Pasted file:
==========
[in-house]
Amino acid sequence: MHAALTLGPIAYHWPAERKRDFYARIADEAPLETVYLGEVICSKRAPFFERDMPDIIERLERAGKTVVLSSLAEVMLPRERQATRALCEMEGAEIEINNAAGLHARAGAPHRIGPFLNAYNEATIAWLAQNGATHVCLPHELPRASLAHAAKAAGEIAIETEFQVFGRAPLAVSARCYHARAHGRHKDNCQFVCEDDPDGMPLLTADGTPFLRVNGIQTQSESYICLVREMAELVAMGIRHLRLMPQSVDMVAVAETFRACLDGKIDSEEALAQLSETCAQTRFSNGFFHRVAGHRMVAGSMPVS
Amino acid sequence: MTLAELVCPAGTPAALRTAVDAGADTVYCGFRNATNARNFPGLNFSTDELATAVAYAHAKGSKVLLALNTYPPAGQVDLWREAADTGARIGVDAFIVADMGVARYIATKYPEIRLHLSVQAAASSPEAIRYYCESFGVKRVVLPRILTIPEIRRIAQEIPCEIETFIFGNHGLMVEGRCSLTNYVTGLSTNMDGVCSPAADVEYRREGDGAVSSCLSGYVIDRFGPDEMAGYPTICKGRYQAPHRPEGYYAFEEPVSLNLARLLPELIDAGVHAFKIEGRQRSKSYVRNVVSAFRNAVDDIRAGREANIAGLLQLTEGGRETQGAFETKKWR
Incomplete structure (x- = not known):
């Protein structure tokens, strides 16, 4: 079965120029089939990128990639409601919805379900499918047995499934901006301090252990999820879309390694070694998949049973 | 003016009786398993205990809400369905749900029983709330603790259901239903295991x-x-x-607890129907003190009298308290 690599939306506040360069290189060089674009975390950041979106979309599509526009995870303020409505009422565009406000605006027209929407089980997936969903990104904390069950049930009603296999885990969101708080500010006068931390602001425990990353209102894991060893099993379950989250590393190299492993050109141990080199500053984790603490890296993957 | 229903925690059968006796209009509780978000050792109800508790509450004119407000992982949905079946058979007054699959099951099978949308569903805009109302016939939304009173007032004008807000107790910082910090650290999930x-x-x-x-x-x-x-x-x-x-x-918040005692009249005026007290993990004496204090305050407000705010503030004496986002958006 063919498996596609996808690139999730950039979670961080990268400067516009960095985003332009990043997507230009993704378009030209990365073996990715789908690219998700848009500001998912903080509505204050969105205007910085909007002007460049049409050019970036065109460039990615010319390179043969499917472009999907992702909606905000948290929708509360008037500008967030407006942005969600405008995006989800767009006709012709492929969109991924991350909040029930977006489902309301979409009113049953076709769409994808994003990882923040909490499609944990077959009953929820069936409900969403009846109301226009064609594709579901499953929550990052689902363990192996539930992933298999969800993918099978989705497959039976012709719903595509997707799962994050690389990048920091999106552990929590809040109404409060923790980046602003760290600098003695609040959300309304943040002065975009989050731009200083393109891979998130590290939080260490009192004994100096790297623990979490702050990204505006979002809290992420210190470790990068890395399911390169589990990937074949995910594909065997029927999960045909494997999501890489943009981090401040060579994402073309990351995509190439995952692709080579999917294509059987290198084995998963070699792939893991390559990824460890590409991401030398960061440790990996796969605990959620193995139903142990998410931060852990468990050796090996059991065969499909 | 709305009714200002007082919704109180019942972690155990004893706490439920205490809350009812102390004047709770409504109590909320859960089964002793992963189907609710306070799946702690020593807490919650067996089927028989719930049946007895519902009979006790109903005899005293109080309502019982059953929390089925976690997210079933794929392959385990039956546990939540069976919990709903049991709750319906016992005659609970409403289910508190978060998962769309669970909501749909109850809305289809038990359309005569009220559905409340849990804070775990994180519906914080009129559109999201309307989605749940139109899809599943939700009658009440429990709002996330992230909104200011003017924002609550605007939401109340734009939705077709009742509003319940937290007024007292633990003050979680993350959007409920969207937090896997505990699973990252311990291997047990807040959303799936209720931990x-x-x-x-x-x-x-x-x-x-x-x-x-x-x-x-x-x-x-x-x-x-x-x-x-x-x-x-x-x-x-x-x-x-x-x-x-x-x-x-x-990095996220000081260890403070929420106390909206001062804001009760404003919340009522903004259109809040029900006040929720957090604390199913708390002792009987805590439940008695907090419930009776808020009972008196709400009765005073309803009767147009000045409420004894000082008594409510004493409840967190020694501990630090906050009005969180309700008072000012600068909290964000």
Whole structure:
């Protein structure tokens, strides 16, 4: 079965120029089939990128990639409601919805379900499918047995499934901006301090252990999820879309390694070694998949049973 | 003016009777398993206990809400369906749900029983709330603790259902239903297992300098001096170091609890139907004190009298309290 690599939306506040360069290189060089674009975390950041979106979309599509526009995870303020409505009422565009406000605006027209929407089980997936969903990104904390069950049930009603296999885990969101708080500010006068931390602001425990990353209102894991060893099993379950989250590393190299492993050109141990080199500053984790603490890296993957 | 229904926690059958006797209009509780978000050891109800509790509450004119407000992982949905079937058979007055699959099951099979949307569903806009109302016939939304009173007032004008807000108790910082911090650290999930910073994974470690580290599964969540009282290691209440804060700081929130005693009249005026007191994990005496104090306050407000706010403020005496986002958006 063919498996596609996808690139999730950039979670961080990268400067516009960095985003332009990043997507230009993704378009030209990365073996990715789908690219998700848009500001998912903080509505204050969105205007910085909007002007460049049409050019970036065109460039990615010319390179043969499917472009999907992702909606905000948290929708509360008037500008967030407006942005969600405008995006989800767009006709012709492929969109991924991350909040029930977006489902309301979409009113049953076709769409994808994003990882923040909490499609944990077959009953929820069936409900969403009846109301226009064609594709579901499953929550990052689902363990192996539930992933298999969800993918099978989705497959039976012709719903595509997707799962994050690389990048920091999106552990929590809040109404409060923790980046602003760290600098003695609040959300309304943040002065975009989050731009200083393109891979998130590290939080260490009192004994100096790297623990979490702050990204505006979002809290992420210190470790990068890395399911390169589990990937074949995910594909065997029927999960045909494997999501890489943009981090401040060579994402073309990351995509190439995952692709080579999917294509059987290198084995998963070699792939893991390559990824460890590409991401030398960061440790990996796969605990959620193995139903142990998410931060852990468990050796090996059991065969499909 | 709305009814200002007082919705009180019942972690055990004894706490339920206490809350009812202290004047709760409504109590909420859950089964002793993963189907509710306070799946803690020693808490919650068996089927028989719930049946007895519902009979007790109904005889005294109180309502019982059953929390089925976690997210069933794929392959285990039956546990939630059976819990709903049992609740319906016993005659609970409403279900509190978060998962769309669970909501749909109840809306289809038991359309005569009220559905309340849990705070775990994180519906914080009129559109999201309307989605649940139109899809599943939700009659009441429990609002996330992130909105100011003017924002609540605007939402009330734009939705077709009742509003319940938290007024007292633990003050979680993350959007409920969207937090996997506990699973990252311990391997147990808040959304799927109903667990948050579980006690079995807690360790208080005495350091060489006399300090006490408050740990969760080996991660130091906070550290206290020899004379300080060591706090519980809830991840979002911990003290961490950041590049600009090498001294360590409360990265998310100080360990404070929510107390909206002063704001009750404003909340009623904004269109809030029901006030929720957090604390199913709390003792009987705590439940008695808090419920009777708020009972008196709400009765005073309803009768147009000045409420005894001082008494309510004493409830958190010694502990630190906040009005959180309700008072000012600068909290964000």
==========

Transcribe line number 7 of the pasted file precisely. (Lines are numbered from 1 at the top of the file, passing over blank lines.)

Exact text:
């Protein structure tokens, strides 16, 4: 079965120029089939990128990639409601919805379900499918047995499934901006301090252990999820879309390694070694998949049973 | 003016009777398993206990809400369906749900029983709330603790259902239903297992300098001096170091609890139907004190009298309290 690599939306506040360069290189060089674009975390950041979106979309599509526009995870303020409505009422565009406000605006027209929407089980997936969903990104904390069950049930009603296999885990969101708080500010006068931390602001425990990353209102894991060893099993379950989250590393190299492993050109141990080199500053984790603490890296993957 | 229904926690059958006797209009509780978000050891109800509790509450004119407000992982949905079937058979007055699959099951099979949307569903806009109302016939939304009173007032004008807000108790910082911090650290999930910073994974470690580290599964969540009282290691209440804060700081929130005693009249005026007191994990005496104090306050407000706010403020005496986002958006 063919498996596609996808690139999730950039979670961080990268400067516009960095985003332009990043997507230009993704378009030209990365073996990715789908690219998700848009500001998912903080509505204050969105205007910085909007002007460049049409050019970036065109460039990615010319390179043969499917472009999907992702909606905000948290929708509360008037500008967030407006942005969600405008995006989800767009006709012709492929969109991924991350909040029930977006489902309301979409009113049953076709769409994808994003990882923040909490499609944990077959009953929820069936409900969403009846109301226009064609594709579901499953929550990052689902363990192996539930992933298999969800993918099978989705497959039976012709719903595509997707799962994050690389990048920091999106552990929590809040109404409060923790980046602003760290600098003695609040959300309304943040002065975009989050731009200083393109891979998130590290939080260490009192004994100096790297623990979490702050990204505006979002809290992420210190470790990068890395399911390169589990990937074949995910594909065997029927999960045909494997999501890489943009981090401040060579994402073309990351995509190439995952692709080579999917294509059987290198084995998963070699792939893991390559990824460890590409991401030398960061440790990996796969605990959620193995139903142990998410931060852990468990050796090996059991065969499909 | 709305009814200002007082919705009180019942972690055990004894706490339920206490809350009812202290004047709760409504109590909420859950089964002793993963189907509710306070799946803690020693808490919650068996089927028989719930049946007895519902009979007790109904005889005294109180309502019982059953929390089925976690997210069933794929392959285990039956546990939630059976819990709903049992609740319906016993005659609970409403279900509190978060998962769309669970909501749909109840809306289809038991359309005569009220559905309340849990705070775990994180519906914080009129559109999201309307989605649940139109899809599943939700009659009441429990609002996330992130909105100011003017924002609540605007939402009330734009939705077709009742509003319940938290007024007292633990003050979680993350959007409920969207937090996997506990699973990252311990391997147990808040959304799927109903667990948050579980006690079995807690360790208080005495350091060489006399300090006490408050740990969760080996991660130091906070550290206290020899004379300080060591706090519980809830991840979002911990003290961490950041590049600009090498001294360590409360990265998310100080360990404070929510107390909206002063704001009750404003909340009623904004269109809030029901006030929720957090604390199913709390003792009987705590439940008695808090419920009777708020009972008196709400009765005073309803009768147009000045409420005894001082008494309510004493409830958190010694502990630190906040009005959180309700008072000012600068909290964000």